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Right time to die: why rational suicide should be legalised

Evidence from the Netherlands shows that common fears about legalising voluntary euthanasia aren’t warranted. Image from

Australians are living longer. But not everyone wants to live as long as they can. People sometimes have good reasons for wanting to end their lives: they may be suffering from a terminal illness; they may be experiencing unbearable pain; or they may have decided their life has gone on long enough.

A well-constructed legal framework could ensure Australians who make a rational decision to end their life can get the assistance they need to do so, while protecting people from the dangers opponents of euthanasia fear.

Some worry that legalising voluntary euthanasia will take us down a slippery slope to state-sanctioned murder. If a society allows doctors to kill or assist in the death of people who find their lives intolerable, then what is to stop it from allowing them to kill the senile, the disabled or others who are judged not to have lives worth living?

Some fear that legalising euthanasia means that greedy relatives will start pressuring old people to ask for death. Others worry that making doctors into agents of death will undermine their primary duty to preserve life.

So far those who oppose voluntary euthanasia have won the political battle. It is illegal for doctors in Australia to grant requests of patients who want to die or to assist them in committing suicide. But in Australia, as in other countries, doctors do sometimes allow their patients to die when further treatment would only prolong suffering.

Lessons from the Netherlands

Since 2002, Dutch law has allowed doctors to grant requests for euthanasia or assisted suicide without being prosecuted, provided conditions are met: patients must request death and they must be suffering unbearable anguish with no end in sight. Two independent doctors must be consulted. And afterwards, the doctors must report to a committee of review.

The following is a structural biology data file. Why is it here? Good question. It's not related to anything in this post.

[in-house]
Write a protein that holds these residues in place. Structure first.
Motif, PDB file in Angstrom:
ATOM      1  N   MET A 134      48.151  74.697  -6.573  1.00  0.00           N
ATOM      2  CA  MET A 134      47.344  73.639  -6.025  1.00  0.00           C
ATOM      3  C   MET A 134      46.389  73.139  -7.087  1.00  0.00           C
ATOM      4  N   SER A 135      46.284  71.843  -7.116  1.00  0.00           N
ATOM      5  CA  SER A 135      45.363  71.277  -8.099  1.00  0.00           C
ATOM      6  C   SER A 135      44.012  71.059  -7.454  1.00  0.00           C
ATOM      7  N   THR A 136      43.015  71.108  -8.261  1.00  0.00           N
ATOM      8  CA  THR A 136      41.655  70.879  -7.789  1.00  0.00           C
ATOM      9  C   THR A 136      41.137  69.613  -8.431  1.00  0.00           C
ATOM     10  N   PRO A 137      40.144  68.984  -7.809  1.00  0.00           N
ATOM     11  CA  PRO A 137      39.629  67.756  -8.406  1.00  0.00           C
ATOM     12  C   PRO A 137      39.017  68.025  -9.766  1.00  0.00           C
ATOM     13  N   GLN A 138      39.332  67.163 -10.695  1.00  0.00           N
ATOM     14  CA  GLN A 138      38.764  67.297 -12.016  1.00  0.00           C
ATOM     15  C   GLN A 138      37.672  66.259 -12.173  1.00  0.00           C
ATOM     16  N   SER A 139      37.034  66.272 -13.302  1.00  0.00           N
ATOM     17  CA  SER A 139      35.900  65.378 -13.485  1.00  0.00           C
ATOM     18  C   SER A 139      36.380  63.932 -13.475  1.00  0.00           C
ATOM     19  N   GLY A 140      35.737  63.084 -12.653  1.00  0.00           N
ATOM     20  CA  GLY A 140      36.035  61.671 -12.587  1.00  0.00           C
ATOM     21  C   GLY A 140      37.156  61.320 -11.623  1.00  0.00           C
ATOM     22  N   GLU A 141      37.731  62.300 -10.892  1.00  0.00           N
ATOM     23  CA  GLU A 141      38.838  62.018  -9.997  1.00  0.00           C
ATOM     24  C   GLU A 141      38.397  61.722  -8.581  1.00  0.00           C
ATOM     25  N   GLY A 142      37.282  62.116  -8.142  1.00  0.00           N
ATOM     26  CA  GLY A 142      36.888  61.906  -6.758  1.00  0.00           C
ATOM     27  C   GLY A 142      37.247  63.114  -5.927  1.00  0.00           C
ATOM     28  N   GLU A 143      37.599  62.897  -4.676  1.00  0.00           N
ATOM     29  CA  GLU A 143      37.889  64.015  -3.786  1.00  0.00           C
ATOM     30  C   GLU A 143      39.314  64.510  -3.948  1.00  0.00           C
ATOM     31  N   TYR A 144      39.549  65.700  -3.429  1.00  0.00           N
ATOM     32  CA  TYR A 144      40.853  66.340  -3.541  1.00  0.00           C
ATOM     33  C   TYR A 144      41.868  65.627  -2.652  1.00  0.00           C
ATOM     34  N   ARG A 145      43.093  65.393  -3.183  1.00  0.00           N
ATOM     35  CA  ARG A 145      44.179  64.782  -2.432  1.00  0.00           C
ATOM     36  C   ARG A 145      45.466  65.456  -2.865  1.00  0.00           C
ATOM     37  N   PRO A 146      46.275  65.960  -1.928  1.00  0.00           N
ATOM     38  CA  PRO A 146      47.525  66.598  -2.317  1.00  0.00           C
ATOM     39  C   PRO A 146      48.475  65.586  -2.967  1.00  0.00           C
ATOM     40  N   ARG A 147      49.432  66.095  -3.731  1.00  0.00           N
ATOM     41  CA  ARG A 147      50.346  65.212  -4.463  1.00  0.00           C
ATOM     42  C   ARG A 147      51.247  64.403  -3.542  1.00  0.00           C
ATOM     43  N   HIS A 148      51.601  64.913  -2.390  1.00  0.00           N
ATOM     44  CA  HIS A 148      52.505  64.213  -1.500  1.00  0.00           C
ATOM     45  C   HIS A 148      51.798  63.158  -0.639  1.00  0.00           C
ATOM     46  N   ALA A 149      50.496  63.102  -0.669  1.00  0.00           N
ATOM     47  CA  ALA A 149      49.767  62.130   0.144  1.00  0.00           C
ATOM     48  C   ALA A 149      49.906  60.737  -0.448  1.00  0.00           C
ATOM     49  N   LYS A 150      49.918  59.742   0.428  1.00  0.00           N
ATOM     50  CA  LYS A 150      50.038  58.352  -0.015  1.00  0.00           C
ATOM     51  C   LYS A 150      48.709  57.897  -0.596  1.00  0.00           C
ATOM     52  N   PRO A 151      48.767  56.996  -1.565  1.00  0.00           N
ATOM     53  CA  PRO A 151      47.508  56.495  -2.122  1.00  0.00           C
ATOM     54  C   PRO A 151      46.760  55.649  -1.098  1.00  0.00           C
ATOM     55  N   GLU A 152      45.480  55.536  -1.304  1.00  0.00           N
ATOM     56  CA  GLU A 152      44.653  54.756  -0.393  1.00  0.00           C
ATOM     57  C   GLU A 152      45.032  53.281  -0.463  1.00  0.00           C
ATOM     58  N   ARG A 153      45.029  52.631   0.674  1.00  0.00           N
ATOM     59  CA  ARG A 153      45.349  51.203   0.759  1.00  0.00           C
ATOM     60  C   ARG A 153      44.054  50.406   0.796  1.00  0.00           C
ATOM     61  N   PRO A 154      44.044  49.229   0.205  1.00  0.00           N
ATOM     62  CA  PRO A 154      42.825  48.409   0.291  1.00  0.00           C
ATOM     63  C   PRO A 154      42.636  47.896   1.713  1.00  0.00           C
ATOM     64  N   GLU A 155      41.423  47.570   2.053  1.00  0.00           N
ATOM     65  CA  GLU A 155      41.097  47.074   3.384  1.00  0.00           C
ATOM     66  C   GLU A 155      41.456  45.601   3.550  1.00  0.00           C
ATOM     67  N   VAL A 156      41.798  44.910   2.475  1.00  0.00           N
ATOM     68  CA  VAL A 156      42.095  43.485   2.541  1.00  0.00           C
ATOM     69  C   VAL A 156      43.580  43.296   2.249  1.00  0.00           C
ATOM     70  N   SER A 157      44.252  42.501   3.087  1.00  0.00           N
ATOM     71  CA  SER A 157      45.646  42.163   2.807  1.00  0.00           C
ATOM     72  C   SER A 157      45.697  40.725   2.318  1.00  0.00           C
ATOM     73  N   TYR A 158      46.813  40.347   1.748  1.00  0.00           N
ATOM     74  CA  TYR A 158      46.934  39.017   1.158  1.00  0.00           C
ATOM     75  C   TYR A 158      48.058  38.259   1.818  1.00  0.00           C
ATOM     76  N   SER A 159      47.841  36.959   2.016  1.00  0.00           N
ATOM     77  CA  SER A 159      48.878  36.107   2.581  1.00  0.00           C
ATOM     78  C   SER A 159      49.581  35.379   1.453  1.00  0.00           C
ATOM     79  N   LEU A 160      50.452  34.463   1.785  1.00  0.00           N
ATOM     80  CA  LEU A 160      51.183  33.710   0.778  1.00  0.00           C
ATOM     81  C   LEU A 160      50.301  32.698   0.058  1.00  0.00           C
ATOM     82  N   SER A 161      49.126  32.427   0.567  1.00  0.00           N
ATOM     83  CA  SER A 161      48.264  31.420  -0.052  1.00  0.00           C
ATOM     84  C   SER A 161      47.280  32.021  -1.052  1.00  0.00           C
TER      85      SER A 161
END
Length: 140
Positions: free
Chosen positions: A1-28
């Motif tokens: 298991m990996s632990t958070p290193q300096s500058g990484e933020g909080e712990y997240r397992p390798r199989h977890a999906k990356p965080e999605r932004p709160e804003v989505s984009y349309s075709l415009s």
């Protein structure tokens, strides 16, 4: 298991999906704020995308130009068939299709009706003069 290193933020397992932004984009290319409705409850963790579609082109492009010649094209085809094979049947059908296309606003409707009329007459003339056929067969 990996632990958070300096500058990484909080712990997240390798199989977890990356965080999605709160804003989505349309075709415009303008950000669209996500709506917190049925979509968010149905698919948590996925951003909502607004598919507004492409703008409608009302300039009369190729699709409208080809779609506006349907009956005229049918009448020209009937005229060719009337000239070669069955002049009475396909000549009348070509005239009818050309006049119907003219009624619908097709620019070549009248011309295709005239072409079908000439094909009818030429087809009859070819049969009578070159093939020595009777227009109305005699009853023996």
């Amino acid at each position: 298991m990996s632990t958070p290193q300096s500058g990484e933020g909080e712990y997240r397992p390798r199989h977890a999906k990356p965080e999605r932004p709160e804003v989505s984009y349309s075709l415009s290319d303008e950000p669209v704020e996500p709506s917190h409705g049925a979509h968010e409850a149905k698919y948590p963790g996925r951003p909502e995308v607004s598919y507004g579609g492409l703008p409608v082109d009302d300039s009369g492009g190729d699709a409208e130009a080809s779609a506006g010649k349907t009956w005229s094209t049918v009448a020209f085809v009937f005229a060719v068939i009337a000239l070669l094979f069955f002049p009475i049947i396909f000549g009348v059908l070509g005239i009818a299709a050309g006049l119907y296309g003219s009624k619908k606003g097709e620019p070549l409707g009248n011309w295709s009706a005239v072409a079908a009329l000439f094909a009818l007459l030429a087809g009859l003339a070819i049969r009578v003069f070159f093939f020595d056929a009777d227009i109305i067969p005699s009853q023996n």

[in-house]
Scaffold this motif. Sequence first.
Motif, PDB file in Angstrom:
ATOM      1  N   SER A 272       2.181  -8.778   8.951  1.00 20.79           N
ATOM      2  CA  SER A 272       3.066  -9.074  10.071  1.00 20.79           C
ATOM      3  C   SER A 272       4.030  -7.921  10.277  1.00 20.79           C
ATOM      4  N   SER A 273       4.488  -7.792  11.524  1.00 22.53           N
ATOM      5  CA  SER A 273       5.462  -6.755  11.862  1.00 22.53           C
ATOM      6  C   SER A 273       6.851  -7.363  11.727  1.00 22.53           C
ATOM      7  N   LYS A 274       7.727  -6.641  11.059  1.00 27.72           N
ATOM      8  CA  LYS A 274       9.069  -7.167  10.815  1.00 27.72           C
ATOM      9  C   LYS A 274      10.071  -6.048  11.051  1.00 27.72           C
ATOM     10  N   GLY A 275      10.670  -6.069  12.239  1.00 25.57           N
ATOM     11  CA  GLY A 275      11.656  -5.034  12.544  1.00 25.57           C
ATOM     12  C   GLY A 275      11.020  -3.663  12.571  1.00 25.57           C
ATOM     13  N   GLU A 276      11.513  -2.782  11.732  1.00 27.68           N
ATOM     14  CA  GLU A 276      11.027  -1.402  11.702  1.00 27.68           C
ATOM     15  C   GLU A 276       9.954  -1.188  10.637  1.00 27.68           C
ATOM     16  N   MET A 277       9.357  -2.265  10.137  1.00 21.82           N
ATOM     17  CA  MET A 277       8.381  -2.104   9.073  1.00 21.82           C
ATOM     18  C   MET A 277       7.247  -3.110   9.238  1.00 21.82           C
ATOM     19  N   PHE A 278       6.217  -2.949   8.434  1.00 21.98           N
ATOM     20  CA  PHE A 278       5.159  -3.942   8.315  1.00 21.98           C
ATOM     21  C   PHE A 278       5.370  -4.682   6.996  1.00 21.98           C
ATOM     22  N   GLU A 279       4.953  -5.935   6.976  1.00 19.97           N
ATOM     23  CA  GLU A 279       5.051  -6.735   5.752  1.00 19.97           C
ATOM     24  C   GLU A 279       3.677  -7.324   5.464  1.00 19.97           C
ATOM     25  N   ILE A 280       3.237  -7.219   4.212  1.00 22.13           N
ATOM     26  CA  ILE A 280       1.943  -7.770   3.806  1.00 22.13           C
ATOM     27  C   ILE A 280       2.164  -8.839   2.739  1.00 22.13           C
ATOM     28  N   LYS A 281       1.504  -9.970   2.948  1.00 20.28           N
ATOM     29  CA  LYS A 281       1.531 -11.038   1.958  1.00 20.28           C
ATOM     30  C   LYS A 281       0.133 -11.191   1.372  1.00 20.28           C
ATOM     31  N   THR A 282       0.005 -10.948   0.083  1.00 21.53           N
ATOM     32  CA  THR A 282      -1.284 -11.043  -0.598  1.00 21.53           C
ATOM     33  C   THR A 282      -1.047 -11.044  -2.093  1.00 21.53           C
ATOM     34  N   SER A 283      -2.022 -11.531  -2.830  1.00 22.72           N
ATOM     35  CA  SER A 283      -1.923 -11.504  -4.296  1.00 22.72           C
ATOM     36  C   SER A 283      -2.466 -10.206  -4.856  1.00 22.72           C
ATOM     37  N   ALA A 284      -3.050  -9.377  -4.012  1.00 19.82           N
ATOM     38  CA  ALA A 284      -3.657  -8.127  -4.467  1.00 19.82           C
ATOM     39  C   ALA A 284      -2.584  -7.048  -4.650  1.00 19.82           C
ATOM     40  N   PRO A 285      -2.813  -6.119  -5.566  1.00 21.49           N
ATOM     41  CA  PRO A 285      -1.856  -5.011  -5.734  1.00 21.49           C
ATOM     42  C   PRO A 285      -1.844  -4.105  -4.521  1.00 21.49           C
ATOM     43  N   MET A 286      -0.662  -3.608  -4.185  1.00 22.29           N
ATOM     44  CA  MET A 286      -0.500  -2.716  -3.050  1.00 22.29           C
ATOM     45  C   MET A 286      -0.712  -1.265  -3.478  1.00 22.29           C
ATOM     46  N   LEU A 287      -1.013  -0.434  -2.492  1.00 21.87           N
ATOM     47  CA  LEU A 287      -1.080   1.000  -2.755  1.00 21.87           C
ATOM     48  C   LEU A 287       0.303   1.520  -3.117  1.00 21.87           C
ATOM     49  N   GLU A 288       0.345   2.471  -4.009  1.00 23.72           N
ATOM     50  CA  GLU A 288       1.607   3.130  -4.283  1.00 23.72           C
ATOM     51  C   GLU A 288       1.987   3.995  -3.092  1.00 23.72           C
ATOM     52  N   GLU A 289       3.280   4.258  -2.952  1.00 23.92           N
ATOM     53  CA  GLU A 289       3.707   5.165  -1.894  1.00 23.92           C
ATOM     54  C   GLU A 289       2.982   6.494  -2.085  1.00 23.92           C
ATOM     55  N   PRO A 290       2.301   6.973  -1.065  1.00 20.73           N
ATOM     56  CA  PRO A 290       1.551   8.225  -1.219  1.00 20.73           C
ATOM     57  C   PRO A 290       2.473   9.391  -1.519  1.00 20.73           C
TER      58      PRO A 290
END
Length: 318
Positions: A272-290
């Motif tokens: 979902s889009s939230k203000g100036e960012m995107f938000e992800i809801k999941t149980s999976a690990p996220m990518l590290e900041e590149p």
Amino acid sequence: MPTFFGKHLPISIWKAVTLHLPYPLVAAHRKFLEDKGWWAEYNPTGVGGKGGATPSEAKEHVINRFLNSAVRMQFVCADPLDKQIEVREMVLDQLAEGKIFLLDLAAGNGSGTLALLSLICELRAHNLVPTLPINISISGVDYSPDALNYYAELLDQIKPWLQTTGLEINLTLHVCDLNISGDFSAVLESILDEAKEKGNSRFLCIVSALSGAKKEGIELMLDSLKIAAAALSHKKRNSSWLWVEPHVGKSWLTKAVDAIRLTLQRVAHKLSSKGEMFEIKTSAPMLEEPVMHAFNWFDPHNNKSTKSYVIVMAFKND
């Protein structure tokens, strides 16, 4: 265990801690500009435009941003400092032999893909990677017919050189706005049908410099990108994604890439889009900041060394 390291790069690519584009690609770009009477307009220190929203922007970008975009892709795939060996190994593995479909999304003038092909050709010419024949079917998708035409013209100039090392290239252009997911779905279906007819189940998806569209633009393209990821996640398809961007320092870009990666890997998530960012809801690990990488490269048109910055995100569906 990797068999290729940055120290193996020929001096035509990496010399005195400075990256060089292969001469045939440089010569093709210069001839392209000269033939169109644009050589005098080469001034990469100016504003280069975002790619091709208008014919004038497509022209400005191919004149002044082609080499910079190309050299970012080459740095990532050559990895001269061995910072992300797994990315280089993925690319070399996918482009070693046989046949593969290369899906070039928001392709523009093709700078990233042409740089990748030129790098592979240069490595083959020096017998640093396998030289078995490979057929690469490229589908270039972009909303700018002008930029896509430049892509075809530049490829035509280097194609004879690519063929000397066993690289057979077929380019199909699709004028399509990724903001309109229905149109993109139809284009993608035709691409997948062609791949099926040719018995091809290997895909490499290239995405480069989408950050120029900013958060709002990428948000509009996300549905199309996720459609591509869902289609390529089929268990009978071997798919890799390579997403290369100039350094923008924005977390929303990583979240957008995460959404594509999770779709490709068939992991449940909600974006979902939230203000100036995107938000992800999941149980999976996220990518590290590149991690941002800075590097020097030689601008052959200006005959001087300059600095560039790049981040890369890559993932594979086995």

The law allowing euthanasia is popular. A majority of doctors and 95% of Dutch people support it, according to recent surveys.

From the beginning, the law had its critics. The UN Human Rights Committee worried that reviews only take place after life has been terminated. But a report published in the Lancet medical journal shows that the system is not having the results many people feared.

An extensive survey of doctors in the years preceding and following the introduction of the law shows the law did not prompt an increase in cases of euthanasia. In 2010, deaths by euthanasia or physician assisted suicide were 2.8% of the total number of deaths in the country. This is a slight increase from 2005 but is no higher than before the law was introduced.

Ending life without the explicit request of a patient happens less often now than it did in 2005 or before the law was enacted. The authors of the report conclude that the euthanasia law in the Netherlands has resulted in a transparent practice not seen in other countries.

There has been no epidemic of euthanasia in the Netherlands. The law has not encouraged doctors to euthanise people against their will. And there is no sign that relatives are using the law to hound old people to their deaths.

Australia could make use of and improve on the proposed Dutch model. Image from

The Dutch experience shows that laws can successfully regulate voluntary euthanasia and physician-assisted suicide. However the law does not accept requests to die from people who fear the disabilities of old age or think that their life is complete.

Some Dutch citizens think people over 70 ought to be able to request death under strict provisions. They propose a system where those who want to end their lives would have to consult specially trained health care professionals. They would have to show that their desire to die is rational and not the result of depression or impulse. All cases would have to be reviewed by a committee, as is now the case for voluntary euthanasia.

An Australian framework

Legislation in Australia could make use of and improve on the proposed Dutch model. Those who want to end their lives could be required to attend psychological counselling conducted by professionals with special training. Their request would need to be approved by an ethics committee appointed by the government. Perhaps the law would also require a “cooling off period” of six months or more before their request could be fulfilled.

Any proposal for a law that allows doctor-assisted suicide for older people has a lot of hurdles to get over. We would not want a system that encourages neglect of the aged or the running down of services for elderly people. We certainly don’t want anyone to think that encouraging elderly people to ask for death is a good way of dealing with the problem of an increasing population of old people or the shortage of medical facilities.

But these fears are not a reason for refusing to consider how we can respond to those who have a rational reason for wanting to die. They should be able to end their lives without pain, anxiety, or law-breaking and the risk of prosecution.

We are at the beginning of a discussion about how the law should respond to the widespread support from Australians for legalising voluntary euthanasia.

Later this year the Tasmanian Parliament proposes to debate a private members bill which, if passed, would legalise voluntary euthanasia for some people with terminal illnesses. This may be the first step.

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